The Adani stock price saga will pass into public memory as one of those matters that simply escaped being nailed down, perhaps because too many vested interests were involved, notes Debashis Basu.
US Judge Potter Stewart will be remembered for his famous definition of obscenity and pornography at a time when the US justice system was struggling to balance freedom of expression and the state's job to maintain public decency.
He quipped: 'I shall not today attempt further to define the kinds of material I understand to be embraced within that shorthand description, and perhaps I could never succeed in intelligibly doing so. But I know it when I see it...'
This rule applies to various aspects of our lives where rigid definitions are hard to establish or decisions have to be made under uncertainty.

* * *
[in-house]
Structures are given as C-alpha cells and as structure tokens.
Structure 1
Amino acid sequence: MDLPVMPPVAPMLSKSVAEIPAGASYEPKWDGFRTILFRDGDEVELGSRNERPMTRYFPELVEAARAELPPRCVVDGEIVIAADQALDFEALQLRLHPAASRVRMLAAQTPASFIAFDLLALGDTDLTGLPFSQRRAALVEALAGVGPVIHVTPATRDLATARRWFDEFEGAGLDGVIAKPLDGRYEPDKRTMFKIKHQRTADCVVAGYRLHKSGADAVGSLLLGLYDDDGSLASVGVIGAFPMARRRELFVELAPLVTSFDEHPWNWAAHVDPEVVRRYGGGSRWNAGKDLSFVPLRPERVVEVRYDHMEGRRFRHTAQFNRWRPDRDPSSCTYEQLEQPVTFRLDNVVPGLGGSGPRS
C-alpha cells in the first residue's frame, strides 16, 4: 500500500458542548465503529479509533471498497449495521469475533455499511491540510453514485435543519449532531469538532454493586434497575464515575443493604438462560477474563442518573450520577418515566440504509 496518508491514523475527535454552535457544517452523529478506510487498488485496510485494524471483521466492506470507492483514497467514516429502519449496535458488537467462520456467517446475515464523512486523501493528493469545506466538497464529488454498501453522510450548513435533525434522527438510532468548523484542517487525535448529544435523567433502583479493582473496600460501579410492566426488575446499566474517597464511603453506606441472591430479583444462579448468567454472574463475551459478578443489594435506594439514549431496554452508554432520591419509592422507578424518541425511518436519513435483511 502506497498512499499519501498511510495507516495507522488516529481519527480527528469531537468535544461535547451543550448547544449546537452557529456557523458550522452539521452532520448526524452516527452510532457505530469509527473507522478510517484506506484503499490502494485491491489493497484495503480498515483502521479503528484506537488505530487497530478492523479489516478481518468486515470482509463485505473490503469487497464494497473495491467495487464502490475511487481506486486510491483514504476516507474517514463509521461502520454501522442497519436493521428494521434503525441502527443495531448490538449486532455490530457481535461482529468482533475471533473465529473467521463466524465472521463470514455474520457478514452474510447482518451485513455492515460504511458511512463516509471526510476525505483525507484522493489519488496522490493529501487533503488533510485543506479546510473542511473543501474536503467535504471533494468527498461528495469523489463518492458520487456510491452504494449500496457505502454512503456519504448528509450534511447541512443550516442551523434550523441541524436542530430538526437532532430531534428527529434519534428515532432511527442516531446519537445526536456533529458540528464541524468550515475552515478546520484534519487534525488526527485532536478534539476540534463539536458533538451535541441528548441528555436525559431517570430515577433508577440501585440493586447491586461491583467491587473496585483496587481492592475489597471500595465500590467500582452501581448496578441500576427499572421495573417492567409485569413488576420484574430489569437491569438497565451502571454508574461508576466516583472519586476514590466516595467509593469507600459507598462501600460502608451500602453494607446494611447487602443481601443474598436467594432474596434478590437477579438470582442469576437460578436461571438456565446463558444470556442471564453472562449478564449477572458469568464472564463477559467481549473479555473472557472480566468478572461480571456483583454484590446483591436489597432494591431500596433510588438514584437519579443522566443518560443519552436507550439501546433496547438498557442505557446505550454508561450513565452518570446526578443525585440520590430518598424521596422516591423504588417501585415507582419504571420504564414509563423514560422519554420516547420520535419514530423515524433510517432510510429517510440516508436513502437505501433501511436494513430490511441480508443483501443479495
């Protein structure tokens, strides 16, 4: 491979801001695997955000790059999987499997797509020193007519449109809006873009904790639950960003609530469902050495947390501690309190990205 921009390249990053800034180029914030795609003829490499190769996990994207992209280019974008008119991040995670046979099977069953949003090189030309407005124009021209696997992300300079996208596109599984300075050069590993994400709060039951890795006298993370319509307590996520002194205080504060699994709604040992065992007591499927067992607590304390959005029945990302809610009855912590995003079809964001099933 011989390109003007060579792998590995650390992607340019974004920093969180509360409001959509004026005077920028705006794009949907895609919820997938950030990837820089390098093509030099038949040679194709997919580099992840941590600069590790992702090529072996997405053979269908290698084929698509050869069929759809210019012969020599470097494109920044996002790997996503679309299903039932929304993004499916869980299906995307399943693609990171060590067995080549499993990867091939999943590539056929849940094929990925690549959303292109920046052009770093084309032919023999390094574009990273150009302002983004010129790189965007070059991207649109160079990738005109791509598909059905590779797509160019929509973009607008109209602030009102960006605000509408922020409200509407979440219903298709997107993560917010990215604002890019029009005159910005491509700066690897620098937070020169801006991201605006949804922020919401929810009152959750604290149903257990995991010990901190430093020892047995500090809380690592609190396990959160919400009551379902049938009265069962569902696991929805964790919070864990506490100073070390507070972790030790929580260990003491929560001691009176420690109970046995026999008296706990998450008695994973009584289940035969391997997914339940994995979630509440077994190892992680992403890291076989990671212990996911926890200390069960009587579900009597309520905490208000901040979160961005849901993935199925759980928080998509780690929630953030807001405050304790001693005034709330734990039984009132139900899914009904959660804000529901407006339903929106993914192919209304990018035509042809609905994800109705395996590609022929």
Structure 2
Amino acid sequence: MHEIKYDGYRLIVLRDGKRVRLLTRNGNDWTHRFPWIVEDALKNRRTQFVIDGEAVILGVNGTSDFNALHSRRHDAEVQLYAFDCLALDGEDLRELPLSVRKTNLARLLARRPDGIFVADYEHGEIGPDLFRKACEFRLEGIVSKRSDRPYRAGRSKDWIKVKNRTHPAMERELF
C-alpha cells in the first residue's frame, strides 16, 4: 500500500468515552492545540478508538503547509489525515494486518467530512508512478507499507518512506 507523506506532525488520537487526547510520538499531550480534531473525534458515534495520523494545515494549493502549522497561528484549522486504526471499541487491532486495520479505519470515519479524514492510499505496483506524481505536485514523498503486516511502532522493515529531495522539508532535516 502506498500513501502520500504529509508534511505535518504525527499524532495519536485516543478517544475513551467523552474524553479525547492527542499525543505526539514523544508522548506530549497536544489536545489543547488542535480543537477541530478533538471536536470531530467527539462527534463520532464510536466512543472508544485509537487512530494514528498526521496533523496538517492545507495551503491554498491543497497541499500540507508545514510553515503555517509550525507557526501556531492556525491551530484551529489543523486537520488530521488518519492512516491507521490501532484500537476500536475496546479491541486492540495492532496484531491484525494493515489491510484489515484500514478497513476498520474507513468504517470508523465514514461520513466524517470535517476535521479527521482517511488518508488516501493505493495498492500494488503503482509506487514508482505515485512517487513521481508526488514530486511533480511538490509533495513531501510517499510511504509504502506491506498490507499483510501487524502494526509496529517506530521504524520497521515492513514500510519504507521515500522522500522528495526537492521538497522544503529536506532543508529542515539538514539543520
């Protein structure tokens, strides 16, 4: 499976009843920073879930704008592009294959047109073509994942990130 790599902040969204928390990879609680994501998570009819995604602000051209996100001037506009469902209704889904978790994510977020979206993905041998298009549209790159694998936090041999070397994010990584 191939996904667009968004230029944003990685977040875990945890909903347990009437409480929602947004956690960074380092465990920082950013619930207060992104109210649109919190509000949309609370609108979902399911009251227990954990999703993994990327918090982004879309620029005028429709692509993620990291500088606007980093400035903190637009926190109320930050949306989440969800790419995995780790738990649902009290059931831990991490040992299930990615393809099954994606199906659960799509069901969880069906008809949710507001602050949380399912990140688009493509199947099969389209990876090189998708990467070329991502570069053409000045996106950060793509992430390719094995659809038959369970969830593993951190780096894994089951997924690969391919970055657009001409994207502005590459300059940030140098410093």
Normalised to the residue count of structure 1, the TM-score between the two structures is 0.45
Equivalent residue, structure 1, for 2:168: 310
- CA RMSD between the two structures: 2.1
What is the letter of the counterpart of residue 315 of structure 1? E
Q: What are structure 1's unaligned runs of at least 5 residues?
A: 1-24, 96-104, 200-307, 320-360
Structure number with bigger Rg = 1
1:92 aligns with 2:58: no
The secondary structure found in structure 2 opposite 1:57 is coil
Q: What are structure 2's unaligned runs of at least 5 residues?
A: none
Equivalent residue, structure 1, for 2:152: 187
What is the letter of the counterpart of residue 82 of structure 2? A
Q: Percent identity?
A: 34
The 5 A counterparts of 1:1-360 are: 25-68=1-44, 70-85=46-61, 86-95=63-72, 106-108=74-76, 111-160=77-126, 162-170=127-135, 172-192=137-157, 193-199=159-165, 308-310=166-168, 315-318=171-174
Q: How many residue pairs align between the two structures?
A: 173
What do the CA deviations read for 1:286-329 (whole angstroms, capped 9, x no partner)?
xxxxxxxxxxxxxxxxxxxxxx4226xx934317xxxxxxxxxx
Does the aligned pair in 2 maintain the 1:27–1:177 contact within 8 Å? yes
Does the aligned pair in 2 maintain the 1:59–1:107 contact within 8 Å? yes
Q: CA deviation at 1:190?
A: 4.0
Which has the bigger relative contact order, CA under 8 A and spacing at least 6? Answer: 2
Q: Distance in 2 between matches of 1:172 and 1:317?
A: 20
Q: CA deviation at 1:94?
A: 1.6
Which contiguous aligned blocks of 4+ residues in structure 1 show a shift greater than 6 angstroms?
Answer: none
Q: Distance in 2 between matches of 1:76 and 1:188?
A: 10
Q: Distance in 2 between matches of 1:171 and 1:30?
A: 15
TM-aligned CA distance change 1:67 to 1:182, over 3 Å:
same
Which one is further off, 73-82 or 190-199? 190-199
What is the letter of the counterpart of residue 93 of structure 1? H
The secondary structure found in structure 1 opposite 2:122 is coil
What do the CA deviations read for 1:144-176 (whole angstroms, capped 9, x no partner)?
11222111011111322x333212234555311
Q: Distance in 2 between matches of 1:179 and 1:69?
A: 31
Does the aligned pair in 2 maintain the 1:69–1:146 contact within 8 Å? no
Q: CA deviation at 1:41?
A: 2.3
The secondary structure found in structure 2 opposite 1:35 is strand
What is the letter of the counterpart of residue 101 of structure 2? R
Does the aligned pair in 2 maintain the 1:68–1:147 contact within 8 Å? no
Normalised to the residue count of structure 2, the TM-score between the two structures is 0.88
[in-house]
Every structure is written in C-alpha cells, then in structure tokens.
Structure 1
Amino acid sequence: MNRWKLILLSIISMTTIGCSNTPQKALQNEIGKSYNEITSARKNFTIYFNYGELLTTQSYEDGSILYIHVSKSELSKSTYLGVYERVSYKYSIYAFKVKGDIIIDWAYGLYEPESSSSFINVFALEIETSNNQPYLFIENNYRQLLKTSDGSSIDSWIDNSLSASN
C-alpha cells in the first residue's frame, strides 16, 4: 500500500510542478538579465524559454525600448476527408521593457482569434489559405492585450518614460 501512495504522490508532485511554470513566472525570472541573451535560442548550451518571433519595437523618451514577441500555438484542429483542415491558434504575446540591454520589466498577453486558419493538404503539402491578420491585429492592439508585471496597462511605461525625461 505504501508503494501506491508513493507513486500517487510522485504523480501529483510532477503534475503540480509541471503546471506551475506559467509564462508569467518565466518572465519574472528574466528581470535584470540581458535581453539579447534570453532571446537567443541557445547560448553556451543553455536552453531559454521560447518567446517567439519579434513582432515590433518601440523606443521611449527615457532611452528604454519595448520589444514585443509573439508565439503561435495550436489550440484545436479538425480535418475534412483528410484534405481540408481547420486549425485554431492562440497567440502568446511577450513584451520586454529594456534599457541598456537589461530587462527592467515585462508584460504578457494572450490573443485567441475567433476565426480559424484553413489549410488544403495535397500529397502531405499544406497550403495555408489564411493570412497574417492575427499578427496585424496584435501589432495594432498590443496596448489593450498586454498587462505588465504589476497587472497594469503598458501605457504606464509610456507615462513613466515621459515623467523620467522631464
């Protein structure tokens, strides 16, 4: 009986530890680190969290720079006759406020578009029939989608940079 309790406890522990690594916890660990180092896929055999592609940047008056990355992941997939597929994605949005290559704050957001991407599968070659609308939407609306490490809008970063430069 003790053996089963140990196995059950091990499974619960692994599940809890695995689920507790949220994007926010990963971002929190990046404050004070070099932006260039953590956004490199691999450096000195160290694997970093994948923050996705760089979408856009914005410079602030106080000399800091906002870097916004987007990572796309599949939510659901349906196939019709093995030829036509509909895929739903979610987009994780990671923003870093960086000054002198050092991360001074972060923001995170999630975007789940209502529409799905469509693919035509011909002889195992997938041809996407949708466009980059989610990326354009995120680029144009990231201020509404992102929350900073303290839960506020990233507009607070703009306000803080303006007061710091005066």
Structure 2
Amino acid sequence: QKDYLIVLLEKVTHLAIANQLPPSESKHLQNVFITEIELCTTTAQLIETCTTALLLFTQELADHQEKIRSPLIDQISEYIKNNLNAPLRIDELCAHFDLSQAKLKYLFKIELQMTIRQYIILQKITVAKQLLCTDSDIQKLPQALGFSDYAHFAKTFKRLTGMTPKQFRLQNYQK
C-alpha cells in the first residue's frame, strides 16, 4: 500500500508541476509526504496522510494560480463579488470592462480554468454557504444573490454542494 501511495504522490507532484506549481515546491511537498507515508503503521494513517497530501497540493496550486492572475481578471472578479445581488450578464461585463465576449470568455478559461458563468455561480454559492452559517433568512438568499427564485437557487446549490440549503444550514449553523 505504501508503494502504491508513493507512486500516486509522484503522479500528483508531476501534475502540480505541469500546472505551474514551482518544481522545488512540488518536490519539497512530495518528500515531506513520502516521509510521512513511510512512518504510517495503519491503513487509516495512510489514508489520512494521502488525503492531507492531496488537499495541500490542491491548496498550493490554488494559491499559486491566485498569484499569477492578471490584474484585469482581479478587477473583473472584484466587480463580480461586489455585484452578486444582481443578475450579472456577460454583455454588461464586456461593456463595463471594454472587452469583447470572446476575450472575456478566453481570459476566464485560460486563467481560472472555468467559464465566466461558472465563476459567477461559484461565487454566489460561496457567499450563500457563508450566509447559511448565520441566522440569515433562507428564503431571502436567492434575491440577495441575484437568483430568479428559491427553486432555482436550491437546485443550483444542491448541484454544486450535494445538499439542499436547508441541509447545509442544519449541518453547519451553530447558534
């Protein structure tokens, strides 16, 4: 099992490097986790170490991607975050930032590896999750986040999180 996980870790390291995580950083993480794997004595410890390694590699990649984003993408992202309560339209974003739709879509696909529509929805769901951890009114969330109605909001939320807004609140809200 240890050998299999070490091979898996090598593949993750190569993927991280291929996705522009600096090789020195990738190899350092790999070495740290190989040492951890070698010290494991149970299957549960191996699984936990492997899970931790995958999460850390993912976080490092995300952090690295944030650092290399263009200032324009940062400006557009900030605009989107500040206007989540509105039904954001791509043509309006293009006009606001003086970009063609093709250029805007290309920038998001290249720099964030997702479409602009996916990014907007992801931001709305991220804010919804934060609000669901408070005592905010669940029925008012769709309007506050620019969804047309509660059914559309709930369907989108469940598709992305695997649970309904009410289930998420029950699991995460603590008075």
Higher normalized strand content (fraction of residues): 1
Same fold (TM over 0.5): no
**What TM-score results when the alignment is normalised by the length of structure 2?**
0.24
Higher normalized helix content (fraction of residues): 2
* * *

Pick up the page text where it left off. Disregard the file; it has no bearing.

One has to go by rule of thumb or heuristics, or the 'smell test', which it is often called in the financial world when things look abnormal but one can't pin anything down.
People walk away from deals when things don't smell right.
They don't wait for a regulator to conclude an investigation and nail the accused over 20 years. Why is this relevant?
In late January 2023, Hindenburg Research, a US financial firm, published a report alleging that Adani Group stocks were overpriced, the group had broken several securities laws, and the fair value of the group's stocks should be significantly lower.
This report led to an immediate crash in Adani stocks, attracting some public interest petitions.
Instead of rejecting the petitions (because the Supreme Court would have had many more pressing matters to hear), the court set up an expert committee to examine three key issues in two months.
The committee delivered its 178-page report on May 6.
On the main issue of any regulatory failure, the committee has concluded there has been no failure so far on the part of the Securities and Exchange Board of India (Sebi) with regard to Hindenburg's three main allegations: a. violation of minimum public shareholding; b. non-disclosure of related-party transactions; and c. price manipulation in Adani stocks.